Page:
PODGORICA, Montenegro (AP) — Look up at the wall and you can see Yugoslavia's late autocratic leader Josip Broz Tito drowning in red fiery waves of hell — along with Karl Marx and Friedrich Engels, authors of the 1848 Communist Manifesto.
They are joined by Adam and Eve, current Montenegro politicians and people wearing Turkish turbans. Close by, rival church priests are being gobbled up by the huge jaws of an angry beast with pointed devil ears.
It's fair to say the new brightly-colored fresco in the Serbian Orthodox Church of Christ's Resurrection in Montenegro's capital of Podgorica has triggered much attention and controversy.
The Serbian Orthodox Church in Montenegro, the tiny Adriatic Sea nation of 600,000 people, has often been involved in politics, especially when Montenegro split from much larger Serbia in 2006. The church's hardline leader in Montenegro, Bishop Amfilohije Radovic, has often bitterly criticized the country's pro-independence leadership and is not shy in openly denouncing Islam and Catholicism.
Church leaders have already been criticized for the high costs of the vast church's lavish design.
Branko Vujacic, a 36-year-old priest serving in the church, noted that the church has seen an increased number of visitors since the fresco was finished last October.
"I don't see anything terrible in the symbolism of this fresco," Vujacic told The Associated Press.
"To be honest, I am not one of those who see Marx and Tito on it and I don't even remember how Marx looked like," he added. "But I know that the fresco depicts the spirit of the time when the battle against God was fought."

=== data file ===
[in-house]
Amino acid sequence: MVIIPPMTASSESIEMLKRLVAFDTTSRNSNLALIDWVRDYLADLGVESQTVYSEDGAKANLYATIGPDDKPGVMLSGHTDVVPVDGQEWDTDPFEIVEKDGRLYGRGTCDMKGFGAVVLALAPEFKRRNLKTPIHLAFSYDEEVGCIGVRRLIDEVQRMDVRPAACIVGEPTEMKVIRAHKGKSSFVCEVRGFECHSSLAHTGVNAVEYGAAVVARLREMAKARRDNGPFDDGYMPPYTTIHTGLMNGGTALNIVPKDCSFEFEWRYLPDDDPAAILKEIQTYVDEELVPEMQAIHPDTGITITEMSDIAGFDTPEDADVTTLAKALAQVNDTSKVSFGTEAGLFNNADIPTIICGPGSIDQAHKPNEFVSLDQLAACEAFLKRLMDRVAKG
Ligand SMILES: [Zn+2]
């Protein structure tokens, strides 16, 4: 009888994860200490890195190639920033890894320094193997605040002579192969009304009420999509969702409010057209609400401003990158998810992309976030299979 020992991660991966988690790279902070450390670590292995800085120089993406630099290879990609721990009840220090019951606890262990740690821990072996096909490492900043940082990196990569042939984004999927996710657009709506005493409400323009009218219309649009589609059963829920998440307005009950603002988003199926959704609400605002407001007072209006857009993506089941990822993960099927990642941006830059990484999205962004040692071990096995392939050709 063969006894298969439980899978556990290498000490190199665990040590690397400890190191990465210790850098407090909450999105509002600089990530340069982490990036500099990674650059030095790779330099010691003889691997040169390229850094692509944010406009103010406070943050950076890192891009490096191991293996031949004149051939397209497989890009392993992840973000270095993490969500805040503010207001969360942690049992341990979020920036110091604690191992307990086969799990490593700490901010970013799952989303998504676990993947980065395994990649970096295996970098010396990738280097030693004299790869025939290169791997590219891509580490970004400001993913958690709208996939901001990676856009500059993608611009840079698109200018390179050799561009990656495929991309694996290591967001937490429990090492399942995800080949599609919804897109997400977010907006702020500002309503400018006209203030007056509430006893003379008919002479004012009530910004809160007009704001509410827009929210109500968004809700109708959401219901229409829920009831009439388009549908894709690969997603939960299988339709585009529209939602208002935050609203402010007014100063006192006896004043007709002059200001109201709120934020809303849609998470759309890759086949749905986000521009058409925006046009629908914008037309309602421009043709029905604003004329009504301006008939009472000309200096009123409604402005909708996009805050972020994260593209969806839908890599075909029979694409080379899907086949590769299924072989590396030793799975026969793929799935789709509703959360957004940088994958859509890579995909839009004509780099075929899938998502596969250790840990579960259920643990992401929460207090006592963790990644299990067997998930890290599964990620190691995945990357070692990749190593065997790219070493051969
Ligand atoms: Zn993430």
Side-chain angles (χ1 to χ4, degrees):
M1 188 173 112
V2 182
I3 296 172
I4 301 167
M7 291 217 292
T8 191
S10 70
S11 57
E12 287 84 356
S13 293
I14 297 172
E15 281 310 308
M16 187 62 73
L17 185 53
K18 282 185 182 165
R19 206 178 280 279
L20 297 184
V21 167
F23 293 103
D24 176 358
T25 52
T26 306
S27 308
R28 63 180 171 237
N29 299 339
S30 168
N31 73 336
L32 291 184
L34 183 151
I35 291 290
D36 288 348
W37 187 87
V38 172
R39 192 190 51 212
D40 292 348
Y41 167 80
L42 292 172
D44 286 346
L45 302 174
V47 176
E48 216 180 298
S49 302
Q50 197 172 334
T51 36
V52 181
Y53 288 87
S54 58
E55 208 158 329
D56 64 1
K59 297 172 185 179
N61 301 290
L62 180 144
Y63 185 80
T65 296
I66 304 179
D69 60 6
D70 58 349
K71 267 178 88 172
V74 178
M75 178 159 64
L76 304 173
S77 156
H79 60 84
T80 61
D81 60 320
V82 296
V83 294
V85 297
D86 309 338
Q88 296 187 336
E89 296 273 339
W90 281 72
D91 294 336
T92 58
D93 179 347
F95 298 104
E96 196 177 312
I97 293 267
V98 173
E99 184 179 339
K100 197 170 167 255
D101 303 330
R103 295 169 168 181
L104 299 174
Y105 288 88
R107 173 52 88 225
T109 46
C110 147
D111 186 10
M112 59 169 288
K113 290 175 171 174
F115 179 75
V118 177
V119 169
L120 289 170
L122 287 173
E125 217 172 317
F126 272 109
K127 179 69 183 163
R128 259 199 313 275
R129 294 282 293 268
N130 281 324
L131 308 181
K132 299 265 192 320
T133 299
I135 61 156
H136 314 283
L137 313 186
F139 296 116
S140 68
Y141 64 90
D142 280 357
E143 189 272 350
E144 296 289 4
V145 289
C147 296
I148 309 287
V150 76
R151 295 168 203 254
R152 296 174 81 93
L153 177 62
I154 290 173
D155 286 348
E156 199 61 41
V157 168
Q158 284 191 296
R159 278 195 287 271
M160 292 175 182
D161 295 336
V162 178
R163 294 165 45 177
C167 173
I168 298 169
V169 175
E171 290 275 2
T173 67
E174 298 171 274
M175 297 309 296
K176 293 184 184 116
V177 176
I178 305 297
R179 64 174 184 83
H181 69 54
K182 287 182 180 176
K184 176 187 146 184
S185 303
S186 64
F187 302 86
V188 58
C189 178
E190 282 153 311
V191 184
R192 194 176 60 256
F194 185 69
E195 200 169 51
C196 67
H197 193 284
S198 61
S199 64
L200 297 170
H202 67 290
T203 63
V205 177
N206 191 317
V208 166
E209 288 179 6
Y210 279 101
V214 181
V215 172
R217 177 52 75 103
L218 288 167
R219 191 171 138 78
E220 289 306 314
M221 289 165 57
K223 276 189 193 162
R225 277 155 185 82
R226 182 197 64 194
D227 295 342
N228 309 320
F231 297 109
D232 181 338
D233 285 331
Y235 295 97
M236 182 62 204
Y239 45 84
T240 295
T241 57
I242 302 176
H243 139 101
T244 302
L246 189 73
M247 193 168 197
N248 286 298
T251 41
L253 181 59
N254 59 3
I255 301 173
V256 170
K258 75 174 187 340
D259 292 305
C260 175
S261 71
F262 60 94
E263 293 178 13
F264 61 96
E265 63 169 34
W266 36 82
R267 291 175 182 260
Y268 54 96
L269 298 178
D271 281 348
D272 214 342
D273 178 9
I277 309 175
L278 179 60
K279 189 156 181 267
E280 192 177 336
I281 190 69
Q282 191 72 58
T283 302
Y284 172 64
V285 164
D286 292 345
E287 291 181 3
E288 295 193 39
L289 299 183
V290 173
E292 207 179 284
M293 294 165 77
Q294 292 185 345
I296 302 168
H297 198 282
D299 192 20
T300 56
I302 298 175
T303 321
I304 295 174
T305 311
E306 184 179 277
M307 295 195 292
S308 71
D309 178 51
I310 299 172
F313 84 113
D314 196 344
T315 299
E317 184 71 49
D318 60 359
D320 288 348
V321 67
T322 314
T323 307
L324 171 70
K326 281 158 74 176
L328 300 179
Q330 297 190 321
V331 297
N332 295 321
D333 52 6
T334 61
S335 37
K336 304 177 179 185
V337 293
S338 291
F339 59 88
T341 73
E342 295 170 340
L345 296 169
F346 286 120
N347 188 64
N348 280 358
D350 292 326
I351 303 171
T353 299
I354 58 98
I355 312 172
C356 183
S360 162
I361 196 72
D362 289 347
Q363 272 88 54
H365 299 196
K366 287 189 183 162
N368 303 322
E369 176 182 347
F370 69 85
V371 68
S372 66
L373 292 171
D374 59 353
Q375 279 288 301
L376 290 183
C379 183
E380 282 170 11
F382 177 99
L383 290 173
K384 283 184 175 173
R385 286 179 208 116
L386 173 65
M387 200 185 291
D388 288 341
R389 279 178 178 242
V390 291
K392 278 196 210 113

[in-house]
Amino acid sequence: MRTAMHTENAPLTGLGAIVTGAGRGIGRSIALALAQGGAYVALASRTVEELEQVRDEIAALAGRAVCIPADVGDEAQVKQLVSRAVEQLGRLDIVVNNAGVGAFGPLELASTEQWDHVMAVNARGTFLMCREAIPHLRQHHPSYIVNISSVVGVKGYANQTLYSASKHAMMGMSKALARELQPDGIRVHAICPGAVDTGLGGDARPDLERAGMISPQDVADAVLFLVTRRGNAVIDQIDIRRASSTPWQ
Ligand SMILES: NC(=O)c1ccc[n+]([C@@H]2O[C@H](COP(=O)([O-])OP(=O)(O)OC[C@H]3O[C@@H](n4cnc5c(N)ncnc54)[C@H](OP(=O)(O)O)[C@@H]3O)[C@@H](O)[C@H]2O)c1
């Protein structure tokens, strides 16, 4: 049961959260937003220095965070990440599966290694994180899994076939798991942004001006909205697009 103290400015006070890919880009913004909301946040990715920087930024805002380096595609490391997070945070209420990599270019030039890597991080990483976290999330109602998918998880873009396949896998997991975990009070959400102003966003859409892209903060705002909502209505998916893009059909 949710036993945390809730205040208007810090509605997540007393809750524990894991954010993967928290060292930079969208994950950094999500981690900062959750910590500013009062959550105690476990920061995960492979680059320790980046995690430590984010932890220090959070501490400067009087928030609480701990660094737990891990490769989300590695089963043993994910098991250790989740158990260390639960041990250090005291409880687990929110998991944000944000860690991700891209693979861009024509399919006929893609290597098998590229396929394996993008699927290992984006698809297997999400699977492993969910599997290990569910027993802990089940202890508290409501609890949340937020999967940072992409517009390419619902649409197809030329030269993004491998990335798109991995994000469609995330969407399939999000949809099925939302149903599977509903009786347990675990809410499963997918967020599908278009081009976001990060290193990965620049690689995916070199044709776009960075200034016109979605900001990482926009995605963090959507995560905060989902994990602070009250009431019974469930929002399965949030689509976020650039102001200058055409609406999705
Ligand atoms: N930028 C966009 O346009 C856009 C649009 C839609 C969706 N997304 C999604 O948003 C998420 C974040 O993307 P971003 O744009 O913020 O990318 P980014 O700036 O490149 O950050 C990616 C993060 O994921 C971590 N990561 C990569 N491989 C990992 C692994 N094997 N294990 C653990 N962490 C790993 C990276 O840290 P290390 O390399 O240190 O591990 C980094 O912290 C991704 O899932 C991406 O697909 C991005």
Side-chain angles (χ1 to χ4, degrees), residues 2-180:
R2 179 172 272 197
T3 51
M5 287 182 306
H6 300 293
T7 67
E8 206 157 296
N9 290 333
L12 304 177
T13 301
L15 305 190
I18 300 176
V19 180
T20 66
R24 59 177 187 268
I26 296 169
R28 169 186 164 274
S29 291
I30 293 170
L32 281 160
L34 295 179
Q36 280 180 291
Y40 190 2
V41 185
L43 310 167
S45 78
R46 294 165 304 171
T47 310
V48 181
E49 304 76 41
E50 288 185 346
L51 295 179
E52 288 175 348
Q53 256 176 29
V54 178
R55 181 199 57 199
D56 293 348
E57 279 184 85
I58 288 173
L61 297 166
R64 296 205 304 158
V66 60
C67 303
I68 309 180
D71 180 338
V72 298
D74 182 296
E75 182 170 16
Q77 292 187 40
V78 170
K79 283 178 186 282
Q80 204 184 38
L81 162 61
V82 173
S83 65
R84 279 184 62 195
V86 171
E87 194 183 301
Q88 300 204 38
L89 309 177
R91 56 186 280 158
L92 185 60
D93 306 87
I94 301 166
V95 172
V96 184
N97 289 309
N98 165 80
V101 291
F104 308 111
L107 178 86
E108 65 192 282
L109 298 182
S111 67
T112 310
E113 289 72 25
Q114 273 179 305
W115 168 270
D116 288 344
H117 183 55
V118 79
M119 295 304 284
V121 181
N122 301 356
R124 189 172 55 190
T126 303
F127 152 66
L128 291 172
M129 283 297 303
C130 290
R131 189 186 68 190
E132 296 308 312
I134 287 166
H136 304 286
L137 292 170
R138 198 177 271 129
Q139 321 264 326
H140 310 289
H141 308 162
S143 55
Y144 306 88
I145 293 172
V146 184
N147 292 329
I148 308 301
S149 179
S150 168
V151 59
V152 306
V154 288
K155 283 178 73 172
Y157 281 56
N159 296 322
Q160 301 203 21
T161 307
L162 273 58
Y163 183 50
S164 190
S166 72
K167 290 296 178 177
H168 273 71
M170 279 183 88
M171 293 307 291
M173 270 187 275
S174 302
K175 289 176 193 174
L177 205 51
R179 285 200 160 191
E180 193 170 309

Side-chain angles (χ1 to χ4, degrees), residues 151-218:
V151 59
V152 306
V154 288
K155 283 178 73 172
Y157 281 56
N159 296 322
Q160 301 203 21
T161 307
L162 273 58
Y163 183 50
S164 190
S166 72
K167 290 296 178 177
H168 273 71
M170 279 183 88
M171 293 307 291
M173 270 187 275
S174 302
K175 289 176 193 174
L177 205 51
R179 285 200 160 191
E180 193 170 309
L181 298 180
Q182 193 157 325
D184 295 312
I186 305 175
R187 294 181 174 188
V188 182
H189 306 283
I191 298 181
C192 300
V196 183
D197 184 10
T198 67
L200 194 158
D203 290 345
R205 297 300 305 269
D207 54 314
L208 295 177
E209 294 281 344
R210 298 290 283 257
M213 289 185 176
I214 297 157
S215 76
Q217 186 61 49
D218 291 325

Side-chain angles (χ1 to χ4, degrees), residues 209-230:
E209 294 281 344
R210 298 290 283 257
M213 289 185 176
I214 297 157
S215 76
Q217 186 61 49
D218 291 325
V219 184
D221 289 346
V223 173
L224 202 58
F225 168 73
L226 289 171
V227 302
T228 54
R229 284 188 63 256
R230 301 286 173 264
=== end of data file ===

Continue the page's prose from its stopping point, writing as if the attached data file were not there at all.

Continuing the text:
Unlike Vujacic, high-ranking Orthodox priest Velibor Dzomic clearly recognizes the personalities in the fresco.
"Yes, I see them all," Dzomic told the AP. "I see Tito, Marx, Engels and other enemies of Christ on that fresco. Everyone has the right to his own interpretation — some see them, some doesn't."
"Art is a miracle," he added.
The fresco has triggered controversy not only among the priests but also among believers, many of whom used to be passionate communists during Tito's 1945-1980 autocratic rule. Montenegro was one of the six Yugoslav socialist republics that abolished communism in 1991.
"I don't know what to say about the fresco," said Zoran Savovic, a construction worker from Podgorica who described himself "a bigger Christian than a communist."
"Tito's time was a golden age for poor people and workers and it will never come back again," Savovic said as he was leaving the church. "Personally, I would like to see the return of Tito's era."
AP Writer Dusan Stojanovic contributed from Belgrade, Serbia.